Every fall we take at least one trip to an apple orchard near us. They have family-friendly activities, wonderful local canned goods for sale, and of course, apples. So many apples! My kids love applesauce so I take advantage of the apple season to make homemade applesauce so that we can enjoy it throughout the year.
Don’t Waste Apple Cores and Peels!
I don’t always peel the apples when I make applesauce but if you do take the time to peel the apples (maybe you even prefer your applesauce that way), you can use the peels and the cores to make apple cider vinegar. This way you have virtually no waste!
It is also totally possible to make apple cider vinegar from the whole apple so don’t worry if you don’t have leftover peels and cores from anything.
When I make applesauce, I typically do large quantities at a time so I have enough peels and cores for a batch of apple cider vinegar. If you only occasionally use apples, you can store the peels and cores in the freezer until you have enough gathered to start a batch.
If you don’t have an apple orchard nearby, farmers markets are another great place to get organically grown apples. Just check with the farmer. Organic apples are ideal for apple cider vinegar, especially if you will be using the peel. If you cannot find organic apples, peel them first. Discard the peel and just use the inside portion.
What Is So Special About Apple Cider Vinegar?
Apple cider vinegar (ACV) has many healthy uses. It is made through the process of fermentation and is high in phosphorus, magnesium, potassium, and calcium. Hippocrates is believed to have prescribed ACV for a variety of ailments.
ACV for Digestion and Heartburn
ACV is the base of spicy cider which is a great remedy to help quickly knock out a cold.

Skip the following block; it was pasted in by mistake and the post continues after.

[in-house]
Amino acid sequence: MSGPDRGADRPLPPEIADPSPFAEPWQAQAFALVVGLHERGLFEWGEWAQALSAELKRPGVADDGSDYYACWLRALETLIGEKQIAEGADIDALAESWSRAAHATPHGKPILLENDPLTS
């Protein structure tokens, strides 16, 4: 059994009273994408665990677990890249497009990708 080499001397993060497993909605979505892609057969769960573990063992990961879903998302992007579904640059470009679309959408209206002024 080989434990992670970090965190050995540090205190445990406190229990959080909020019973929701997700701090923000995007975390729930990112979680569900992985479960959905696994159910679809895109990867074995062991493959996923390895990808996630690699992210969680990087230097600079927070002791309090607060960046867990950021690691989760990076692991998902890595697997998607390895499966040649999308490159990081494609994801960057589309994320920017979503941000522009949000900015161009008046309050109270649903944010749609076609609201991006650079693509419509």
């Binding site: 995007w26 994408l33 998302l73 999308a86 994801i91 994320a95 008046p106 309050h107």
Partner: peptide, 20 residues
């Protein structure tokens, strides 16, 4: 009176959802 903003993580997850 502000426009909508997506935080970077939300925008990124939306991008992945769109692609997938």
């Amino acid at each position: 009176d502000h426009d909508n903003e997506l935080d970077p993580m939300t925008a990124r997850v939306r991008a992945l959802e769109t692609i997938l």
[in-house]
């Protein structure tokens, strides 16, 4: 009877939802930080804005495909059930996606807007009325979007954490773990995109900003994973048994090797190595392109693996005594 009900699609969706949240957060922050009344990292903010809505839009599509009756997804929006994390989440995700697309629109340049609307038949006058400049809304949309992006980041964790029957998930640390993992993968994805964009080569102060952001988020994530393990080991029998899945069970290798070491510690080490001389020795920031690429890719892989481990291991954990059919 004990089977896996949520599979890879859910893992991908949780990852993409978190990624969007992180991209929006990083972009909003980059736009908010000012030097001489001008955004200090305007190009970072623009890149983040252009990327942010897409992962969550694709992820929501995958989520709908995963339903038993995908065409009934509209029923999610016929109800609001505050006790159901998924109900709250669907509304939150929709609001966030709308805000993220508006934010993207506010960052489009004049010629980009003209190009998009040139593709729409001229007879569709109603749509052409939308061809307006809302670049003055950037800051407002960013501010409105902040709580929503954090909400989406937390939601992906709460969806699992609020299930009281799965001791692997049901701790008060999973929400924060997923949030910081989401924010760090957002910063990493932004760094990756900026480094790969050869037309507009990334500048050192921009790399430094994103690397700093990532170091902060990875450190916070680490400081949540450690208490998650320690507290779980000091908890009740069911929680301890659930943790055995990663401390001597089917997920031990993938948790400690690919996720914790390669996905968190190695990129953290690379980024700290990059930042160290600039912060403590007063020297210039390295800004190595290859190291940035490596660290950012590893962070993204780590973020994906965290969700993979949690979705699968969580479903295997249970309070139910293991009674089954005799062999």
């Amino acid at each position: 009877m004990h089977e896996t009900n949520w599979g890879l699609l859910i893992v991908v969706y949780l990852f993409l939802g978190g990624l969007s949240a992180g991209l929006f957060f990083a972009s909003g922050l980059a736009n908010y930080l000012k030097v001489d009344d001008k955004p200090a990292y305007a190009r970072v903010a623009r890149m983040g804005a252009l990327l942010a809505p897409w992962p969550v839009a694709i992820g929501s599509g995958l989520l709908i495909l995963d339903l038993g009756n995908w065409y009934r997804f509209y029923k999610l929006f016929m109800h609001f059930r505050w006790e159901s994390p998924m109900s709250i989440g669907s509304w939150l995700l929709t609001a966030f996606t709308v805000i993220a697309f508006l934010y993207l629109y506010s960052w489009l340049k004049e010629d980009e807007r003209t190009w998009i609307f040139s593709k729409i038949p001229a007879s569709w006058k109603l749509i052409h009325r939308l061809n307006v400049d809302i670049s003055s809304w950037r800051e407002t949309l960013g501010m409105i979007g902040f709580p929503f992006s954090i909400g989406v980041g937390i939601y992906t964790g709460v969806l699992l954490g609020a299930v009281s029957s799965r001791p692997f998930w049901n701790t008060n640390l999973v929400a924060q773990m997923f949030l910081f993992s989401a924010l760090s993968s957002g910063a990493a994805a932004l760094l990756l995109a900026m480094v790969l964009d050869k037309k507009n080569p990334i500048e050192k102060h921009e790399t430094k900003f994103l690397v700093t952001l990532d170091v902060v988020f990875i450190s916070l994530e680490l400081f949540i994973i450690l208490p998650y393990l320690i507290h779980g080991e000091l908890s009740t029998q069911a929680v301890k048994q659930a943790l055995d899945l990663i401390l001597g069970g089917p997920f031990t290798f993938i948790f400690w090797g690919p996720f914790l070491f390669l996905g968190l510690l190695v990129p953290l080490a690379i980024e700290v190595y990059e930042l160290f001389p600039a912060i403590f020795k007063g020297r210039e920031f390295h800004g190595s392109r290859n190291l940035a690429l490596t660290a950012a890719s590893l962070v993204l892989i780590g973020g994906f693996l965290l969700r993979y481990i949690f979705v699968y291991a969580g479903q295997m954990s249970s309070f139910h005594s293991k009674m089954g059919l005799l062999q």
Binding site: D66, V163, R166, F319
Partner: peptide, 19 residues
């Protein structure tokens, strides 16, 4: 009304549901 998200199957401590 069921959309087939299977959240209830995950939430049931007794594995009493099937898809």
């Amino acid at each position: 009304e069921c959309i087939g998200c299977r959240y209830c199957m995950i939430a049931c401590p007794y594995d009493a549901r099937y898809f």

Amazingly, and contrary to what seems logical, ACV also has a valuable role in preventing heartburn and aiding digestion. In most cases heartburn is actually caused by too little stomach acid which slows down digestion. Food and gasses put pressure on the stomach, causing stomach contents (including stomach acid) to leak back into the esophagus. When you remedy heartburn with ACV it increases stomach acid and helps the body digest the food more quickly. This prevents the build-up and subsequent leakage which causes heartburn. You can read more about natural heartburn relief here.
In addition to its many benefits when taken internally, it is wonderful for the skin. When added to bathwater, it helps to naturally restore balance to the skin’s pH. It also helps kill bacteria and fungus on the skin which can lead to a host of problems, including eczema, dandruff, and other skin conditions.
Because of its great pH balancing benefits and dandruff preventing abilities, it makes a great hair rinse that replaces conditioner and can be used after shampooing with a natural shampoo.
Unfiltered, Unpasteurized, And With “The Mother”
Most of the ACV you find in the supermarket is pasteurized and highly filtered. These versions still work well for cleaning but they are not optimal for internal and culinary uses because most of the benefits are gone once the “mother” is filtered out and the vinegar is pasteurized.
There are a few available that are “with the mother” which means they leave in the beneficial bacteria that develops during the fermentation process in the vinegar. When you make your own ACV you can be sure that your vinegar retains this beneficial “mother.”
- This recipe uses sugar. The sugar is necessary to “feed” the yeast, but most (if not all) of the sugar is fermented out. People often ask if they can use honey. The short answer is yes, but it really does not work as well and causes the whole process to take longer. And to be honest, because the sugar is broken down, there really isn’t anything to be concerned about as far as the effect it will have on blood sugar.